Heat is one of the best means of drying, but since it increases the risk of mold development on humid books and documents, it should be used only if a good circulation of air and dehumidification can be established. Hygrothermographs for recording temperature and relative humidity should be installed to monitor the general area, and moisture-content meters used to measure the moisture in the materials themselves.


The safest time to clean materials is after they have been dried. If water-damage is the result of a river flood then the following might, under certain circumstances, be considered. The Florence experience demonstrated that the best time to remove mud was after the books were dry. However some books did benefit from partial cleaning in the wet state.

If adequate assistance is available, mud deposits on books which will not be further damaged by water may be washed off in clean, running water. Closed books may be held, one at a time, under water and the excess mud removed with a hose connected to a fine spray head. Similar washing should not be attempted with opened volumes, manuscripts, art on paper, or photographs.

Rubbing and brushing should be avoided, and no effort be made to remove oil stains. Anything which is hard to remove is better left until after drying, when techniques for removal can be worked out during the restoration stage. In some cases, printed books bound in cloth or paper can be left immersed in clean running water for as long as two weeks. Although this should be avoided if possible, it is preferable when the only alternative is leaving such books in warm, humid air while awaiting attention.


A more thorough washing procedure, intended to remove as much mud and slime as possible from books, requires six to eight tanks big enough to accommodate the largest volumes in the collection. This process is obviously wet and messy and needs to be set up outdoors in fair weather or in an area fitted out to use and remove large quantities of water. Since large quantities of water are required, the area will be wet and dirty throughout the operation, and good drainage is therefore essential.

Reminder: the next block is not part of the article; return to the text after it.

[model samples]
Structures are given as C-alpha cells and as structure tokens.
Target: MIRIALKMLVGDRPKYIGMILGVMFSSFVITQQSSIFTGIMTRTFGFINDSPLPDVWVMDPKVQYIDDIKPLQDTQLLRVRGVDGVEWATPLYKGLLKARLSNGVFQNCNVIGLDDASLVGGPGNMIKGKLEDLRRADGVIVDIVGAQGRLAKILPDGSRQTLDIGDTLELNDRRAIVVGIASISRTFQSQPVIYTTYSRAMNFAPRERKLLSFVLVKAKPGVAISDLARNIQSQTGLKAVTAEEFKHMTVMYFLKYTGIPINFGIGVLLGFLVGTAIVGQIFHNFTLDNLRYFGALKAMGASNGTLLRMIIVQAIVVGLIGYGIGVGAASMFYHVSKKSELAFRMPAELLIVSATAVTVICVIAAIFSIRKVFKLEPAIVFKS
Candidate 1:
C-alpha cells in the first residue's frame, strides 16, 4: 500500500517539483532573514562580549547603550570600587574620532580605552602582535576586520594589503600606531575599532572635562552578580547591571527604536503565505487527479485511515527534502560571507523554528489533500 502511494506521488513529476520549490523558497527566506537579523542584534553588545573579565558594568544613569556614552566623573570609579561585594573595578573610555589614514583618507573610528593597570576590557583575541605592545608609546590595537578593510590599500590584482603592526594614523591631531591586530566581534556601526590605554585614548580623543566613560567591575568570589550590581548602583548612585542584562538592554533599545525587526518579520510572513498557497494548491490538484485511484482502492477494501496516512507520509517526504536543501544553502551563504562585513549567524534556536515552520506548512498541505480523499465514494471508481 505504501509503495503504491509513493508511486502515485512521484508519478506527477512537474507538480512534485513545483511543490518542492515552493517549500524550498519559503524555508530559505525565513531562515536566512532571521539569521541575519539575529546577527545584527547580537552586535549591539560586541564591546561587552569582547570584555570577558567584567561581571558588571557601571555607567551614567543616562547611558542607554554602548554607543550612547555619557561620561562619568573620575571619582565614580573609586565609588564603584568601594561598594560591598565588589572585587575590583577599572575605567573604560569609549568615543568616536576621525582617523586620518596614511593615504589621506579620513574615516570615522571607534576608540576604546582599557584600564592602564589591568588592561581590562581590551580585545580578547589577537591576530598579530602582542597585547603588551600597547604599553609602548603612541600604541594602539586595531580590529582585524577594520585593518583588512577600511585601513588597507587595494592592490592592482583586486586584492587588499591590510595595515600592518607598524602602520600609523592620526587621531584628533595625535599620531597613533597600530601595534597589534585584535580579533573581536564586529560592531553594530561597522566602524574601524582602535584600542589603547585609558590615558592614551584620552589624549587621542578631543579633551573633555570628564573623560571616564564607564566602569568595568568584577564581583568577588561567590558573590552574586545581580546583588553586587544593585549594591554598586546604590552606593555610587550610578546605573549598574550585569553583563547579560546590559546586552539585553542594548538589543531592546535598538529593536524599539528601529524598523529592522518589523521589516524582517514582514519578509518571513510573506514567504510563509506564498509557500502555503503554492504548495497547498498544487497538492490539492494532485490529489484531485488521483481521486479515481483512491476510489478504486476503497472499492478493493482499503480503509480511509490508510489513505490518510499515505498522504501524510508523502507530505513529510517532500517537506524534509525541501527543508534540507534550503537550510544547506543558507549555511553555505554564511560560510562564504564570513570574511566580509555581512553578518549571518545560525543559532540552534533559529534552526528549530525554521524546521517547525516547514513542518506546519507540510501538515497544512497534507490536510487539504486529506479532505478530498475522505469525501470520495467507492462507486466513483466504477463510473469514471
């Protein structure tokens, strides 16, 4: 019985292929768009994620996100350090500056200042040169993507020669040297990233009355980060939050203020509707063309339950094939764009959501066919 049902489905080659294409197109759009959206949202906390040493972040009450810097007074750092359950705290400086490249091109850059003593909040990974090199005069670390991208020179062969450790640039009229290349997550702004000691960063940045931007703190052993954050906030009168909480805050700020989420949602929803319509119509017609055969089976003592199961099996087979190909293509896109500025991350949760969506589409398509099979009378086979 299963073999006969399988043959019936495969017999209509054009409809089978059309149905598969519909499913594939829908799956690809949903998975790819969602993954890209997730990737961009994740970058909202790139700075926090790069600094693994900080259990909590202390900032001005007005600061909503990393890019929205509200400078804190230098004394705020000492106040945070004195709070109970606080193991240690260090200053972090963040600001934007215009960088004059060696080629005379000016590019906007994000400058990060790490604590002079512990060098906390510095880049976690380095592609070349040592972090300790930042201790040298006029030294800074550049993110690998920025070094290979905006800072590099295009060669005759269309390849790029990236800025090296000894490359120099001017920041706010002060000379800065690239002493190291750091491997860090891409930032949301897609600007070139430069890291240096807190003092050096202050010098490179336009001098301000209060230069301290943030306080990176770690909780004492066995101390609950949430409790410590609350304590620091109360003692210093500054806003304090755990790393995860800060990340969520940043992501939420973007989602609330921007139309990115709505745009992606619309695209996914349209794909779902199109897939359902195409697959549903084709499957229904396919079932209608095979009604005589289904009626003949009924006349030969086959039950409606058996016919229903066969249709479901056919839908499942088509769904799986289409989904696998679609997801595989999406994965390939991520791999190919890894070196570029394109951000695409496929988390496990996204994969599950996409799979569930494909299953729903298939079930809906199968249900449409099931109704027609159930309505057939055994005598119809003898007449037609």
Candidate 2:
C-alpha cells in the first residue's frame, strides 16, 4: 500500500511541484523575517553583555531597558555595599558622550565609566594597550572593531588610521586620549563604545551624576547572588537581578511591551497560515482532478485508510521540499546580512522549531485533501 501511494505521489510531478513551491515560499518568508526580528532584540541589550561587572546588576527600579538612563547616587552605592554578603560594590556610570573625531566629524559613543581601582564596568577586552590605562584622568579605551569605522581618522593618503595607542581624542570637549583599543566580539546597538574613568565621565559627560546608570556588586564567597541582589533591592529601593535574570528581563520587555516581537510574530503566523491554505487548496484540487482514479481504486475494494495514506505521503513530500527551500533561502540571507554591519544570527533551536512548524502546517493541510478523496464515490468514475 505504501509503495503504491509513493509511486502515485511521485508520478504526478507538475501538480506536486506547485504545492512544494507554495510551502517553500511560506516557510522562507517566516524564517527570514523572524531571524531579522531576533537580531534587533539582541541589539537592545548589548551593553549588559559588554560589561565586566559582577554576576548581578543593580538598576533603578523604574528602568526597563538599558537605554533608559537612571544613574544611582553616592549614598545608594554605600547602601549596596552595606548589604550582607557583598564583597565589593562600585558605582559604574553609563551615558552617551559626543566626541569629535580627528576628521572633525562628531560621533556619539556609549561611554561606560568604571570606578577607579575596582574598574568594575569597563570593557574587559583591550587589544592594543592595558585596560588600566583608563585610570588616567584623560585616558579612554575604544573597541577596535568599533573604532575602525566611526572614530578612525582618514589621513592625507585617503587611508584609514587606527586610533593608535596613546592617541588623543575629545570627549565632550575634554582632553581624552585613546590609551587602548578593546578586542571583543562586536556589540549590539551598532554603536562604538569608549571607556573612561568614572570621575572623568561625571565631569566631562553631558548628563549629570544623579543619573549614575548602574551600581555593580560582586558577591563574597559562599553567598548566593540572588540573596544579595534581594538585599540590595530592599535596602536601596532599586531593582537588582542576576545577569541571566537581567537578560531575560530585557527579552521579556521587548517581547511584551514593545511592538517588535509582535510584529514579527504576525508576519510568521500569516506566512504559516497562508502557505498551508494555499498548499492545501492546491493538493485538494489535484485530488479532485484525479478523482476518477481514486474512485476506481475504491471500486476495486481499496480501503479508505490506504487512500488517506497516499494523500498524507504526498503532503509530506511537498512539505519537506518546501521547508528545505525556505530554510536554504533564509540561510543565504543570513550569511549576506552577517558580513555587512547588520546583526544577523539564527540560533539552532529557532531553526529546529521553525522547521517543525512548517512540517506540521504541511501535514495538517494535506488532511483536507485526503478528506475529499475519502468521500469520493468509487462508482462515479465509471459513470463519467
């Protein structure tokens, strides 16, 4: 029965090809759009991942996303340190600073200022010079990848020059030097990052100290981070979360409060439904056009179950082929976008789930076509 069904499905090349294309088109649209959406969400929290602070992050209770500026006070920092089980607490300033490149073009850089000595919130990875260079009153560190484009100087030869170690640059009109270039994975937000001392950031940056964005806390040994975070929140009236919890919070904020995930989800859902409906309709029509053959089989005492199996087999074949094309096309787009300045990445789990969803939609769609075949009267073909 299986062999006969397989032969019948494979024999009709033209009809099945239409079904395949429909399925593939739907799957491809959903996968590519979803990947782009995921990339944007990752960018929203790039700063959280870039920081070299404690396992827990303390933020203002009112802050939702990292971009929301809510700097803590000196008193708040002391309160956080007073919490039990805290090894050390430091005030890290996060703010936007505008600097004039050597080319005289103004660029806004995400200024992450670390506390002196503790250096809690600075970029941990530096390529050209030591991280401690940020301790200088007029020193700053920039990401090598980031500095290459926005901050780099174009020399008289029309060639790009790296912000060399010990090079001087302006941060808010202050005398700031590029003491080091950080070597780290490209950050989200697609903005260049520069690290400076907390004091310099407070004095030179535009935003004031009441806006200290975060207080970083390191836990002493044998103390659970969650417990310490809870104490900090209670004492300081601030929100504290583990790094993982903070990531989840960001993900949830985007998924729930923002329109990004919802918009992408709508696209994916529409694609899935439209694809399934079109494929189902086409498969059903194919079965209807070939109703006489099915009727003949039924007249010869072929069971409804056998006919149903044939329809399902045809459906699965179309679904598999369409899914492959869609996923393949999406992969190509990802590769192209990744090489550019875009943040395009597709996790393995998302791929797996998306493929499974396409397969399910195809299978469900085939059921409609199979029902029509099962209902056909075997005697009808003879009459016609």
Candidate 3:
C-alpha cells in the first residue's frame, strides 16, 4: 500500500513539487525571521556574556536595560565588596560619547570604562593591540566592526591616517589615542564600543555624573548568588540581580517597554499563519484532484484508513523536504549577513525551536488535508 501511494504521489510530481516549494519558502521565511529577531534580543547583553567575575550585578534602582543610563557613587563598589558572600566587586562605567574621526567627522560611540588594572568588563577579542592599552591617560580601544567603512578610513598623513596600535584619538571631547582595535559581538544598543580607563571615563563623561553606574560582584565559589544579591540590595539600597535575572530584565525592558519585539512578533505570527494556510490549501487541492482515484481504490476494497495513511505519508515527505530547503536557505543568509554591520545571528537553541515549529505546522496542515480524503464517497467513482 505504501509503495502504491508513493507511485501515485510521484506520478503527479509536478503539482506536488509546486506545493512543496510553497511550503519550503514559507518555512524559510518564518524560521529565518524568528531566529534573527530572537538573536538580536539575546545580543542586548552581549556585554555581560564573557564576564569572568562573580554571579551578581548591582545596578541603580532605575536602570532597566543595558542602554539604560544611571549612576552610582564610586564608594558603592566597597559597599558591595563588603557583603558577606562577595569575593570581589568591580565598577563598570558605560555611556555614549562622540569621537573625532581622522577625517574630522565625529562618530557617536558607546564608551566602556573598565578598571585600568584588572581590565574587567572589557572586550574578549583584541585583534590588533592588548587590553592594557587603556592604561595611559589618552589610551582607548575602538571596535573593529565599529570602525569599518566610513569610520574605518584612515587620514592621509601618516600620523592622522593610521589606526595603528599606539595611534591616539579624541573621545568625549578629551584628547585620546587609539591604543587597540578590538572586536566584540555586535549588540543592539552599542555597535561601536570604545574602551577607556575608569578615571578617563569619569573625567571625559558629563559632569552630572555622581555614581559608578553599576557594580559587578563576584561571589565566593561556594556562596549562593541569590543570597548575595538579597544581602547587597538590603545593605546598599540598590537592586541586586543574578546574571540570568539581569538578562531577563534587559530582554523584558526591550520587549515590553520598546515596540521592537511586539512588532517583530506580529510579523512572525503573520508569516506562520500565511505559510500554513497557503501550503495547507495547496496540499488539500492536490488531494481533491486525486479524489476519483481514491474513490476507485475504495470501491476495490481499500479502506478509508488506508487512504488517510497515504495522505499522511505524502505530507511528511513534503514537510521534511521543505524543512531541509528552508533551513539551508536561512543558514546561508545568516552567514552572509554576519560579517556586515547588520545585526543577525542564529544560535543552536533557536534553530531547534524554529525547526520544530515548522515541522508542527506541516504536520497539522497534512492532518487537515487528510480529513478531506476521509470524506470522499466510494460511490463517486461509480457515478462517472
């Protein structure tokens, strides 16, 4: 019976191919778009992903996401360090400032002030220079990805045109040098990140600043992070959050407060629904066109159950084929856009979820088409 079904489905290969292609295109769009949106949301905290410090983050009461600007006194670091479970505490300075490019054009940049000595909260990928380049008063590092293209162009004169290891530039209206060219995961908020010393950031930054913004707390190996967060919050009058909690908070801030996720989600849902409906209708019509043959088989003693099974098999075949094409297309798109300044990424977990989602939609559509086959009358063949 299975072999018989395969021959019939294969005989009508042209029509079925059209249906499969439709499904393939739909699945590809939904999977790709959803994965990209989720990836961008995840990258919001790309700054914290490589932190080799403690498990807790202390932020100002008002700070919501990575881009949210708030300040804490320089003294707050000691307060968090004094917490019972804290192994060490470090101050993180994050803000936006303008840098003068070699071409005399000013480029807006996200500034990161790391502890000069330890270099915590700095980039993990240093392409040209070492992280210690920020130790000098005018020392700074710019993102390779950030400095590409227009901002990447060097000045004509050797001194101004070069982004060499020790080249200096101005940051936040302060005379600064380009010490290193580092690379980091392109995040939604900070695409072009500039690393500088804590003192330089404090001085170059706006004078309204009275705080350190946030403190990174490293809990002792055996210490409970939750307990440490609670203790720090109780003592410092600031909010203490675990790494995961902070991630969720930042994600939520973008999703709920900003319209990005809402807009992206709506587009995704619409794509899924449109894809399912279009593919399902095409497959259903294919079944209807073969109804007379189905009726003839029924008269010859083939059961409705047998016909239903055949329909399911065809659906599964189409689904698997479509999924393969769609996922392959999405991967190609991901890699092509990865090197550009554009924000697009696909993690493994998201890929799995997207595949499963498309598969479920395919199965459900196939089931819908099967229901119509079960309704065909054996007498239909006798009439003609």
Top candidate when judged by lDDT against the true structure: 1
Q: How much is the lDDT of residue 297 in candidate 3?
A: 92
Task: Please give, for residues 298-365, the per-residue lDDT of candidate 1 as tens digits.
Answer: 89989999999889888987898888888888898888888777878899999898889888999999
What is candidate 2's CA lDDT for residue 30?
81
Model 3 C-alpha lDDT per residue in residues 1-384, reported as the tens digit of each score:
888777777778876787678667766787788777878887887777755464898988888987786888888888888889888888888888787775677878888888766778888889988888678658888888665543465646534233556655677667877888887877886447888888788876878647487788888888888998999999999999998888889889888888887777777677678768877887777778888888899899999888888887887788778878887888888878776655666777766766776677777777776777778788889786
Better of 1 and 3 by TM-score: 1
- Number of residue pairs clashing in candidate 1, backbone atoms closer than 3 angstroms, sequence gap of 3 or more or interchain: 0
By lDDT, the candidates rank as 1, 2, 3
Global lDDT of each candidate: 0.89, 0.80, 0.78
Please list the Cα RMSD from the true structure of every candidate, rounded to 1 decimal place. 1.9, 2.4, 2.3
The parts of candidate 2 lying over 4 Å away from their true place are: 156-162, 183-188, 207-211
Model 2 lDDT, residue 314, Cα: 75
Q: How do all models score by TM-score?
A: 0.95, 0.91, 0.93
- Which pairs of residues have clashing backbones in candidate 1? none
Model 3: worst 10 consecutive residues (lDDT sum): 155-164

Any rustproof receptacles may be used if they are large enough, but plastic garbage cans (20 or 30 gallons) are recommended. Each can should be equipped with a hose to provide low-pressure, continuous water flow to the bottom so that dirty water, as it overflows the rim, will be constantly replaced by fresh. Each hose should be fastened securely to prevent damage to the books being washed. Wooden duck-boards, rubber boots, gloves and aprons are recommended for the protection of workers.

Keeping a book tightly closed, a worker should immerse one book at a time in the first can and remove as much mud as possible by gentle agitation under the water. Workers should not use brushes and or any tool which would cause an aggressive rubbing action. Books should be passed from one can to the next and the same operations repeated until most of the mud has been removed. At the last can, books should be rinsed by spraying them gently with a fine stream of water. No effort should be made to remove mud which continues to cling after sponging under water. This is much better done when the books are dry.

Finally, excess water can be squeezed from books with hands pressure; mechanical presses should never be used. It must be emphasized that the above procedure should be attempted only by a carefully instructed team and in a properly fitted-out area. If there is any doubt about the ability of the team to follow directions, washing should not be attempted. There are many classes of books which should not be washed under any circumstances, and it is therefore imperative to have the advice of an experienced book conservator who can recognize such materials and who understands their treatment requirements.